Back to Nature (Published on TBNWeekly.com - Aug. 16, 2006)
It’s a flamingo?
 
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Photo by Rick Tremmel
Roseate spoonbills wade in the warm, shallow waters near the Courtney Campbell Causeway.
What is the state bird of Florida? Most people will answer, flamingo. Florida’s image is ironically associated with Flamingos. Bright pink flamingos flatter logos, billboards, restaurant menus, travel brochures, and thousands of plastic flamingos decorate Florida gardens, campgrounds, beach towels, etc. Floridians are familiar with the site of large, pink birds wading in the shallow waters around the bay.

Shhh … don’t tell anyone, but those are not flamingos! Those large, pink wading birds out there in the waters around the bay are roseate spoonbills. Although reports document greater flamingos were once numerous in Florida, these birds are, for the most part, visitors to Florida. Flamingos are recorded in south Florida, specifically Cape Sable and Everglades National Park. Most often the flamingo you identify is an escapee from a local zoo.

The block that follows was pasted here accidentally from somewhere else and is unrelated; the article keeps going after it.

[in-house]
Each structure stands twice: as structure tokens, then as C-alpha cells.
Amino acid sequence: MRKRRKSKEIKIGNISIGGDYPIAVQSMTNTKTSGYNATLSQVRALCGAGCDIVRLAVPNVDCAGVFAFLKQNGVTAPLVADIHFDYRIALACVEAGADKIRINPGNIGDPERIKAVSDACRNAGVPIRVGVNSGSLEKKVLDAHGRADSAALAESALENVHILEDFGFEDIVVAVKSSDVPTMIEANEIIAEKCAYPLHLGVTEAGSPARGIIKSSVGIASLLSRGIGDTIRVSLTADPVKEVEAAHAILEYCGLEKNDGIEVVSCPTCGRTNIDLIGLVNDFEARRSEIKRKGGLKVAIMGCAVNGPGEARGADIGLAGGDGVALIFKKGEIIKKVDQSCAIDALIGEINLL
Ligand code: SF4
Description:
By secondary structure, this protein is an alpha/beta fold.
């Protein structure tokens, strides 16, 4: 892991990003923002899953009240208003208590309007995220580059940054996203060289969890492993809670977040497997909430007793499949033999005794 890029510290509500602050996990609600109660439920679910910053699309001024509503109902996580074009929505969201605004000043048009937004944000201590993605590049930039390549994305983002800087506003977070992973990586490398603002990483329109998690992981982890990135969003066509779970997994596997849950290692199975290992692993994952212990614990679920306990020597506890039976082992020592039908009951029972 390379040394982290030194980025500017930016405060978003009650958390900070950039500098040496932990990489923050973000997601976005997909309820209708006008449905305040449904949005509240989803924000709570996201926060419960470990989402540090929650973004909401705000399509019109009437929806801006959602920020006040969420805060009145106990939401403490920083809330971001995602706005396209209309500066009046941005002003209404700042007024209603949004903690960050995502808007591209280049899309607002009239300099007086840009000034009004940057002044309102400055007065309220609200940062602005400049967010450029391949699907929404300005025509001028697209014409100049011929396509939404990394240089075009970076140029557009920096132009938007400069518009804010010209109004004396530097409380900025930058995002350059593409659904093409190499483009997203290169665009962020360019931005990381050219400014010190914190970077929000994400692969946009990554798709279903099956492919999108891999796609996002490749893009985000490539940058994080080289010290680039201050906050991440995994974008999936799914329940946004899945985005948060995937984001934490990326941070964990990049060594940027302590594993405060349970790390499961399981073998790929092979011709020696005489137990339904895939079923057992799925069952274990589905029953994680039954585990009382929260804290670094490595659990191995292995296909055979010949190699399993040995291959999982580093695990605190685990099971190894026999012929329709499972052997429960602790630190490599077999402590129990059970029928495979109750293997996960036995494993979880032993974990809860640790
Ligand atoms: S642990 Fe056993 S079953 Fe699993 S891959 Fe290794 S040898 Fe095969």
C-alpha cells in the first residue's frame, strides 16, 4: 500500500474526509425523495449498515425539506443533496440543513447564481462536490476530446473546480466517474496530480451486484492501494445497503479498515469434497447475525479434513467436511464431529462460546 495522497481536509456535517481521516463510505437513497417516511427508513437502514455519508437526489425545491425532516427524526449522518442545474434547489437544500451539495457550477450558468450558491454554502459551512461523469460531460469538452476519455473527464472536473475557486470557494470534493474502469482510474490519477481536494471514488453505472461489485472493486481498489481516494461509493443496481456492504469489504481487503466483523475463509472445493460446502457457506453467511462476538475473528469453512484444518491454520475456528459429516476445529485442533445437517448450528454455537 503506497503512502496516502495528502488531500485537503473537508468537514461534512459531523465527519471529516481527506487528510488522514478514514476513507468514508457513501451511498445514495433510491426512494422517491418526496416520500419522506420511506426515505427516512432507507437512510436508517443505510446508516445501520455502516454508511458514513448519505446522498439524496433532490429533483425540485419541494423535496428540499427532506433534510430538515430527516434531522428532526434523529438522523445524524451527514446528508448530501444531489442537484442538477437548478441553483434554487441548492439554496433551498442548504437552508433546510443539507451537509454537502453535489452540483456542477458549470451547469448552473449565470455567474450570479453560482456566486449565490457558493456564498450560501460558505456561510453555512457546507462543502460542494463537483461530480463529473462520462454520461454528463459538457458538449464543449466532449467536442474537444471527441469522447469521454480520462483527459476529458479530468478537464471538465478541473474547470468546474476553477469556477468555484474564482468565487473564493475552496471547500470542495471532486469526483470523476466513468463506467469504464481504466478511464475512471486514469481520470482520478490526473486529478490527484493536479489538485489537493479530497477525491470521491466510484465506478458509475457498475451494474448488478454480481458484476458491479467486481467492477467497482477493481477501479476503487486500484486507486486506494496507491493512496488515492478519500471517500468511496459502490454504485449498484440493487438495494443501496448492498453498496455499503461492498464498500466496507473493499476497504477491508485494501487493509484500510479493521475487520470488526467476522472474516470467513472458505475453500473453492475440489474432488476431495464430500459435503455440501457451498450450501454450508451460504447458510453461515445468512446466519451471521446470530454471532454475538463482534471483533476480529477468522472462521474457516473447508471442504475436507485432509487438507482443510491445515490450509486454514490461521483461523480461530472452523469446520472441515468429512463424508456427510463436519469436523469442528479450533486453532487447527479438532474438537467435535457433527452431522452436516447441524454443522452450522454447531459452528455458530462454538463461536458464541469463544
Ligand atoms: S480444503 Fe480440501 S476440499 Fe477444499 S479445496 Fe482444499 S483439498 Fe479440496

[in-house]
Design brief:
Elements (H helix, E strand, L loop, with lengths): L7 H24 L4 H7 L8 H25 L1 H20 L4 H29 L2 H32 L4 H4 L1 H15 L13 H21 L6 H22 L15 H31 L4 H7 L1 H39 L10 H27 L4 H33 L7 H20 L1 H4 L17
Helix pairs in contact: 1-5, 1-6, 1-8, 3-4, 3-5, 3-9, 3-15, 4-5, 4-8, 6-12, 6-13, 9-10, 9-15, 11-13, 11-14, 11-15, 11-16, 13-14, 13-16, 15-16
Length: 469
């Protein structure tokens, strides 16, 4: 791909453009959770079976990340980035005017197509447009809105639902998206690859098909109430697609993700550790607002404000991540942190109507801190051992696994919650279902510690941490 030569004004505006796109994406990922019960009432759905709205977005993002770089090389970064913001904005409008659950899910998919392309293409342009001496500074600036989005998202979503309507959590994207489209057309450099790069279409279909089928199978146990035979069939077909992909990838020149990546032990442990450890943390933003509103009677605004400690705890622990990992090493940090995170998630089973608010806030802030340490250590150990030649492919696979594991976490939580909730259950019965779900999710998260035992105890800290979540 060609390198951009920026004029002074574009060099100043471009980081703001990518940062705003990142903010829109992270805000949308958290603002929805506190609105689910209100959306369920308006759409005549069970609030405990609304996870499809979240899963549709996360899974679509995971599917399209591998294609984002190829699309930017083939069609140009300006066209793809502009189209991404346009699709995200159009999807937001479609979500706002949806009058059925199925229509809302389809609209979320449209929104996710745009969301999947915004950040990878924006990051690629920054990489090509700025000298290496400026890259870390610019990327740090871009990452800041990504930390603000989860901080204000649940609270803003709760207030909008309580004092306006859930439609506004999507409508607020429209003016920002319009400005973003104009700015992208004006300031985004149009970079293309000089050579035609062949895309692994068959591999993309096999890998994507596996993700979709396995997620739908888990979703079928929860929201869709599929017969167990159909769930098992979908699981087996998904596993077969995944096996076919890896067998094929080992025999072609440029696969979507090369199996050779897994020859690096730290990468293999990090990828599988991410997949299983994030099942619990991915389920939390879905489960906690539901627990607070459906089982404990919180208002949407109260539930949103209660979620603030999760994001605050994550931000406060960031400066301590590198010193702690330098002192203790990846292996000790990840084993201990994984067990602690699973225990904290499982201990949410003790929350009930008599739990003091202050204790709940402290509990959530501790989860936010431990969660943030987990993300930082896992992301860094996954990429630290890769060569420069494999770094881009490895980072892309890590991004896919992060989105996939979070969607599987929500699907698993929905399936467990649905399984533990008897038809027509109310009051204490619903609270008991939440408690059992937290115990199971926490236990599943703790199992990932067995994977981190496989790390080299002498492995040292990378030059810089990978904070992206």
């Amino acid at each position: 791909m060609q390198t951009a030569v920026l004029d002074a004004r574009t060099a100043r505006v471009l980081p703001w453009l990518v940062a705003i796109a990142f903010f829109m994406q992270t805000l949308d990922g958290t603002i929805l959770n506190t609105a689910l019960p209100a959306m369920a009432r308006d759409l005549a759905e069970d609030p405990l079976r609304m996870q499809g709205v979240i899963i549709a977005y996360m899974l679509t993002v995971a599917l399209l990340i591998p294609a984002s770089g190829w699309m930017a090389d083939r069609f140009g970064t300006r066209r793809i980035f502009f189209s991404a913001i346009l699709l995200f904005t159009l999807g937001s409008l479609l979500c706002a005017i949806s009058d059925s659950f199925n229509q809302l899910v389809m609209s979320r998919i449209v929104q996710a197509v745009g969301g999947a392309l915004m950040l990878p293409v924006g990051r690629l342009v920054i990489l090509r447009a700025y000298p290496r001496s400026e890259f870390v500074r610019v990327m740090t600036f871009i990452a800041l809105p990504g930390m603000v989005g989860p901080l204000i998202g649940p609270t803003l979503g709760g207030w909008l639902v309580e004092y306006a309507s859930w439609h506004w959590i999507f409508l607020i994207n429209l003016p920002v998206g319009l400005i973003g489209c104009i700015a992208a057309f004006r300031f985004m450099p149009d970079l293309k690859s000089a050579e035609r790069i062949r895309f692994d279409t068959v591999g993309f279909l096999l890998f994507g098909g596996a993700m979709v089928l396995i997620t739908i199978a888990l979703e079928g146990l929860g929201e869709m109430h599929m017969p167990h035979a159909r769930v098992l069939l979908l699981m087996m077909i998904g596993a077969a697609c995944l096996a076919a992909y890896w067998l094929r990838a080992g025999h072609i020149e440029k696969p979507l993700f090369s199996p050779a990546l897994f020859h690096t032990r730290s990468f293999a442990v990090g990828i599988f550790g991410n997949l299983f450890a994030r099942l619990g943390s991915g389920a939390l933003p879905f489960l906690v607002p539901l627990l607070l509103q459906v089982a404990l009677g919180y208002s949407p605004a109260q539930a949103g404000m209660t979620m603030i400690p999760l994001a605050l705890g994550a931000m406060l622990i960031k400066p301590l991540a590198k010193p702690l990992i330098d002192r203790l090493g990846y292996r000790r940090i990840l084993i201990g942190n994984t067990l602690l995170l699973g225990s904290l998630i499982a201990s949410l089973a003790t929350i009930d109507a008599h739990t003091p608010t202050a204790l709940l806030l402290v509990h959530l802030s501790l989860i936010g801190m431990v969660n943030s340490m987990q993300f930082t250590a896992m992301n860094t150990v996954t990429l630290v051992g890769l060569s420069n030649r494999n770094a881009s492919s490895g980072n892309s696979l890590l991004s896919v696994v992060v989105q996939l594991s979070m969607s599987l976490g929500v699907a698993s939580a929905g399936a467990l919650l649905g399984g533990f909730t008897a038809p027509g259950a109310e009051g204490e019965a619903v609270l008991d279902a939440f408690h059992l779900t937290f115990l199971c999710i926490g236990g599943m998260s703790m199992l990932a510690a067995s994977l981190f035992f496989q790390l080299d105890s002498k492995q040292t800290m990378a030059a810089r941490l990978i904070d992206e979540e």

Roseate spoonbills, Platalea ajaja, are native to Florida and are commonly seen by residents of the Tampa Bay area. The roseate spoonbill, once hunted to near extinction, is making a slow recovery. Habitat destruction, human invasion is this bird’s largest enemy.

Roseate spoonbills are fascinating birds to watch. They are perfectly equipped to feed in our shallow waters on fish, frogs and other aquatic invertebrates, while sweeping their flat, spoon-like bills from side to side. Their head is bare and appears grayish-green. The spoonbill’s neck is white. The lower back plumage, wings, and belly are light to bright pink. Spoonbills breed from the Florida Keys north to Tampa Bay. Roseate spoonbills nest in mangroves, laying two to five eggs.

Common places to observe the roseate spoonbill: Philippe Park, 2525 Philippe Pkwy., Safety Harbor, FL 34695, 669-1947; Boca Ciega Millennium Park, 12410 74th Ave. N., Seminole, FL 33772, 588-4882. Just off the Weedon Island Preserve is a roseate spoonbill colony and rookery that can be observed by boat, back to nature.

By the way, the northern mockingbird is the state bird of Florida.

Karen can be reached at MyMuddyPawsStudio@gmail.com.

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